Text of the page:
5. Exercise of power under Section 482 of the Code in a case of this nature is an exception and not the rule. The section does not confer any new powers on the High Court. It only saves the inherent power which the Court possessed before the enactment of the Code. It envisages three circumstances under which the inherent jurisdiction may be exercised, namely, (i) to give effect to an order under the Code, (ii) to prevent abuse of the process of court, and (iii) to otherwise secure the ends of justice. It is neither possible nor desirable to lay down any inflexible rule which would govern the exercise of inherent jurisdiction. No legislative enactment dealing with procedure can provide for all cases that may possibly arise. Courts, therefore, have inherent powers apart from express provisions of law which are necessary for proper discharge of functions and duties imposed upon them by law. That is the doctrine which finds expression in the section which merely recognizes and preserves inherent powers of the High Courts. All courts, whether civil or criminal, possess, in the absence of any express provision, as inherent in their constitution, all such powers as are necessary to do the right and to undo a wrong in the course of administration of justice on the principle quando lex aliquid alicui concedit, concedere videtur id sine quo res ipsa esse non potest (when the law gives a person anything it gives him that without which it cannot exist). While exercising powers under the section, the Court does not function as a court of appeal or revision. Inherent jurisdiction under the section though wide has to be exercised sparingly, carefully and with caution and only when such exercise is justified by the tests specifically laid down in the section itself. It is to be exercised ex debito justitiae to do real and substantial justice for the administration of which alone courts exist. Authority of the court exists for advancement of justice and if any attempt is made to abuse that authority so as to produce injustice, the court has power to prevent such abuse. It would be an abuse of process of the court to allow any action which would result in injustice and prevent promotion of justice. In exercise of the powers, court would be justified to quash any proceeding if it finds that initiation/continuance of it amounts to abuse of the process of court or quashing of these proceedings would otherwise serve the ends of justice. When no offence is disclosed by the complaint, the court may examine the question of fact. When a complaint is sought to be quashed, it is permissible to look into the materials to assess what the complainant has alleged and whether any offence is made out even if the allegations are accepted in toto.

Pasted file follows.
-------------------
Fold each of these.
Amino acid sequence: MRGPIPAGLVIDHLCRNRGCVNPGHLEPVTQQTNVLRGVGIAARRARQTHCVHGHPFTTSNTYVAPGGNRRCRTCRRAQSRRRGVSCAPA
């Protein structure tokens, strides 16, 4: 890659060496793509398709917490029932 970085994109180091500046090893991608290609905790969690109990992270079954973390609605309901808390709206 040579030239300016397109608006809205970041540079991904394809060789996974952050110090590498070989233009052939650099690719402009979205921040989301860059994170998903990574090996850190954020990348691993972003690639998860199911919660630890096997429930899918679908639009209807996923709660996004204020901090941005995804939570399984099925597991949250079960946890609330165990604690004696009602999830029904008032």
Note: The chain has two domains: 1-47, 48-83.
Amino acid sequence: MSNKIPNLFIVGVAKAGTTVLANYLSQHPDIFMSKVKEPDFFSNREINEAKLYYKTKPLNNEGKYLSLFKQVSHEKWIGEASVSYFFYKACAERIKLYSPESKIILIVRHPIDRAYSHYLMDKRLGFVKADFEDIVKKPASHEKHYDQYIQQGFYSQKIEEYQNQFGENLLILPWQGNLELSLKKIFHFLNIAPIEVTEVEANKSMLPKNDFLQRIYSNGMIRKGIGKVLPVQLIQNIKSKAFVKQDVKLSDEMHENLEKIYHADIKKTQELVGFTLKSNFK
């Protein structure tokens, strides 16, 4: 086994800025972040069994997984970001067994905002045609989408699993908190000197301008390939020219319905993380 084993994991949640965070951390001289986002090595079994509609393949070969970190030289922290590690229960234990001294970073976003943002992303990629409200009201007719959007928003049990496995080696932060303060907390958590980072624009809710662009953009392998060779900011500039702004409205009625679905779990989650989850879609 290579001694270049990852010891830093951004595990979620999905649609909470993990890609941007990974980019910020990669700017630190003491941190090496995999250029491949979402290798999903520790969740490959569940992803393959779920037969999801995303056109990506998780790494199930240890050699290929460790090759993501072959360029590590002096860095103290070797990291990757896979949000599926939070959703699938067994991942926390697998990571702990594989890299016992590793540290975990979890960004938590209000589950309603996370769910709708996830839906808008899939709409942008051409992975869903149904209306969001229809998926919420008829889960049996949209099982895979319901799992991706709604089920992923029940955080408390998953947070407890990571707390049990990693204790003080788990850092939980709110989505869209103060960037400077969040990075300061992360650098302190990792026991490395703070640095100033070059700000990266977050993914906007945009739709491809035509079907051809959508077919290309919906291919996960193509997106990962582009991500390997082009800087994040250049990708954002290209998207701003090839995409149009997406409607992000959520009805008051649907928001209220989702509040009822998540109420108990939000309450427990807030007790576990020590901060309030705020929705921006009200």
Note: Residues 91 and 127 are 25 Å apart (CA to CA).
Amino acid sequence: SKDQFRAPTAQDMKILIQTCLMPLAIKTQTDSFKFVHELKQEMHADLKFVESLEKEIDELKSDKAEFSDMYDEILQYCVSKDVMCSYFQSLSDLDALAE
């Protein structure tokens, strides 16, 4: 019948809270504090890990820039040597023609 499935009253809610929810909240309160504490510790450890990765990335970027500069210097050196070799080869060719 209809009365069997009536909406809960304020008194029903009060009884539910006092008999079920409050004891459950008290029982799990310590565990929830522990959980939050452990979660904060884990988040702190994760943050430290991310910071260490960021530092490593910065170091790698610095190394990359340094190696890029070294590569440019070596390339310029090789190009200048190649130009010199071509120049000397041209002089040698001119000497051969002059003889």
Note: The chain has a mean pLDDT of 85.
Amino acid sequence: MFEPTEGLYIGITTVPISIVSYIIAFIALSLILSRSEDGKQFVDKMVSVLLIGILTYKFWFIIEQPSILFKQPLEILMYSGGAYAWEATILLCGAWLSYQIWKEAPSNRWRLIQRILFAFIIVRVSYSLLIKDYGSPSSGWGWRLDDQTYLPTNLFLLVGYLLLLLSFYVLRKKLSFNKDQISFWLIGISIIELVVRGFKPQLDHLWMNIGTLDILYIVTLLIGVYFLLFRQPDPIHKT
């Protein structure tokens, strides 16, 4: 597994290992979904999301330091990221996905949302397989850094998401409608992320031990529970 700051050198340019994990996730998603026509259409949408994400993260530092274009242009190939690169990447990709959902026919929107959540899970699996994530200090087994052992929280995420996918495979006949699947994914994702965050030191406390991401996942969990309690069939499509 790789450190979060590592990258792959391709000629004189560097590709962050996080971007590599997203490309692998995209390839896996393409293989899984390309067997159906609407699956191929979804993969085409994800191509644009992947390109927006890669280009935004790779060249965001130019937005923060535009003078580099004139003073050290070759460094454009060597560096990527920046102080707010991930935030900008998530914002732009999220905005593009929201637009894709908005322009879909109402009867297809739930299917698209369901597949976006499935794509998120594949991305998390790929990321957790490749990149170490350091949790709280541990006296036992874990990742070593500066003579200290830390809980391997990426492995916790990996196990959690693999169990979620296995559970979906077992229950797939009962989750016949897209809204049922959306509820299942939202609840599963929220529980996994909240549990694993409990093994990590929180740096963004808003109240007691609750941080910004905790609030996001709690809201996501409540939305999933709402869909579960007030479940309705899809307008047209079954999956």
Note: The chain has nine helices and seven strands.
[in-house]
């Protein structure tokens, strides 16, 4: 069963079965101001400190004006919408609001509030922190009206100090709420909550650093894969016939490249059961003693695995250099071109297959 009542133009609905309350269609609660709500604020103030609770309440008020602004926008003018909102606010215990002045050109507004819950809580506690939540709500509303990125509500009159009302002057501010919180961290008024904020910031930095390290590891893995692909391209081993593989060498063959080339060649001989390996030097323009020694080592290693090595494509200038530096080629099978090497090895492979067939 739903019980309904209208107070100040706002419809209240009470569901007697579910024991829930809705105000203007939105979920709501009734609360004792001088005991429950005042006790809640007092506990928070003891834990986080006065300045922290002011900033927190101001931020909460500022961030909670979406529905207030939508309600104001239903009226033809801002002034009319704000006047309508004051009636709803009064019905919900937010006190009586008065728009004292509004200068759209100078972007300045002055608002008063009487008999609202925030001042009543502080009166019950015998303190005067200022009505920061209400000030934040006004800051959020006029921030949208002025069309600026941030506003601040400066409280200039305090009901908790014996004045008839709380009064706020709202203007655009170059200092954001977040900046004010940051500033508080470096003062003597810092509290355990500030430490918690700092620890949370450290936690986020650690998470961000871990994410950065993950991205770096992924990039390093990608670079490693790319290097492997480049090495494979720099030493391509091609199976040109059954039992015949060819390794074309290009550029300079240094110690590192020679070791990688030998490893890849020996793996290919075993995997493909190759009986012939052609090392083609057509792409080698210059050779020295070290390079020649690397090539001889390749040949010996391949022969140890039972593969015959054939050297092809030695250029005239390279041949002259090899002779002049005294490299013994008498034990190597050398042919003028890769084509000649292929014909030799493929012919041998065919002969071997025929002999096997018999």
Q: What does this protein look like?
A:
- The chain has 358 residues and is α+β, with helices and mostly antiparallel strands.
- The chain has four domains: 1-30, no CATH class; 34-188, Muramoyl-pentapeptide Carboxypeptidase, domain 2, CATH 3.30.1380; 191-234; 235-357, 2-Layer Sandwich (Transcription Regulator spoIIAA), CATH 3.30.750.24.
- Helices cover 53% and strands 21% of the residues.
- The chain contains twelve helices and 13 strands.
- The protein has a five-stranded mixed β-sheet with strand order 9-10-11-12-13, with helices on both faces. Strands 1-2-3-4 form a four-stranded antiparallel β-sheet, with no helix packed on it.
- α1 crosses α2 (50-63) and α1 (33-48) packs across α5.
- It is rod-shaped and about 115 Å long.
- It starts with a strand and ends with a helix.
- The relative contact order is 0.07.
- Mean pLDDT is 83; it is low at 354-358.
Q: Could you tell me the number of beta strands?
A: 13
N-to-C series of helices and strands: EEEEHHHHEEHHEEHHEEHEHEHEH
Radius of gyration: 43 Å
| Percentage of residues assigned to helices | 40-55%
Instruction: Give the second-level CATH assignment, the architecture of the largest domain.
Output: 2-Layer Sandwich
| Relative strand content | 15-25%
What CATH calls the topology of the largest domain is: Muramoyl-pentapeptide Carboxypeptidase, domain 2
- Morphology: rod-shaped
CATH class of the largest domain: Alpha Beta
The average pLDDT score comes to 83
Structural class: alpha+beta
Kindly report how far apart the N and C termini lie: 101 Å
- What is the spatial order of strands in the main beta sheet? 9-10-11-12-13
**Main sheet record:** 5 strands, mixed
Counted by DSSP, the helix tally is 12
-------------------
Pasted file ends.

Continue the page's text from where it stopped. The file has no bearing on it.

6. In R.P. Kapur v. State of Punjab [AIR 1960 sc 866] this Court summarized some categories of cases where inherent power can and should be exercised to quash the proceedings: